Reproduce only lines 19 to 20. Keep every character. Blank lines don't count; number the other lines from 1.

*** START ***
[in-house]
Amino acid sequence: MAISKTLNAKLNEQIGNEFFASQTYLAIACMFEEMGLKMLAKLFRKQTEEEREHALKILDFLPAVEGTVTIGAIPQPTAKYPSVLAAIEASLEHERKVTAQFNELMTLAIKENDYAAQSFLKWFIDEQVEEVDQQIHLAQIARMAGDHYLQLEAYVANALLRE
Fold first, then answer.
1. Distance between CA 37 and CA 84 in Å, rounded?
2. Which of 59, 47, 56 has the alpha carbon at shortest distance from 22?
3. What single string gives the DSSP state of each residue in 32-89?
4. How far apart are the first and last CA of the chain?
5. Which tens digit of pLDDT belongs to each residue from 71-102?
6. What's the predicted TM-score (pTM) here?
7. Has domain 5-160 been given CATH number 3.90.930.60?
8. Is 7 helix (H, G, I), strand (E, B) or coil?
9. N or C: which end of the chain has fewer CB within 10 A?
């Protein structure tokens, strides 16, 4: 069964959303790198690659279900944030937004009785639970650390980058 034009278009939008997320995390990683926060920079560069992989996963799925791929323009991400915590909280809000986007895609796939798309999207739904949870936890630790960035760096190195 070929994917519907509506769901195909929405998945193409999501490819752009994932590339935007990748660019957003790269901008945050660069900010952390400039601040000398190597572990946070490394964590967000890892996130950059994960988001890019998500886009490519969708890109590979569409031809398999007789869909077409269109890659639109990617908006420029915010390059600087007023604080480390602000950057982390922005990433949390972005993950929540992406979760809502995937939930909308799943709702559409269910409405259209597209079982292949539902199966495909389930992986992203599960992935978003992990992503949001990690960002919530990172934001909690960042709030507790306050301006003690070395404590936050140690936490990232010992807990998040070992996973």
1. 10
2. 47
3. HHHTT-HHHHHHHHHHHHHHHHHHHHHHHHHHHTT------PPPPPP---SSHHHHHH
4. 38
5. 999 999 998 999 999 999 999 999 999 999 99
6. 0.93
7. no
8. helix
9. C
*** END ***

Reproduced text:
6. 0.93
7. no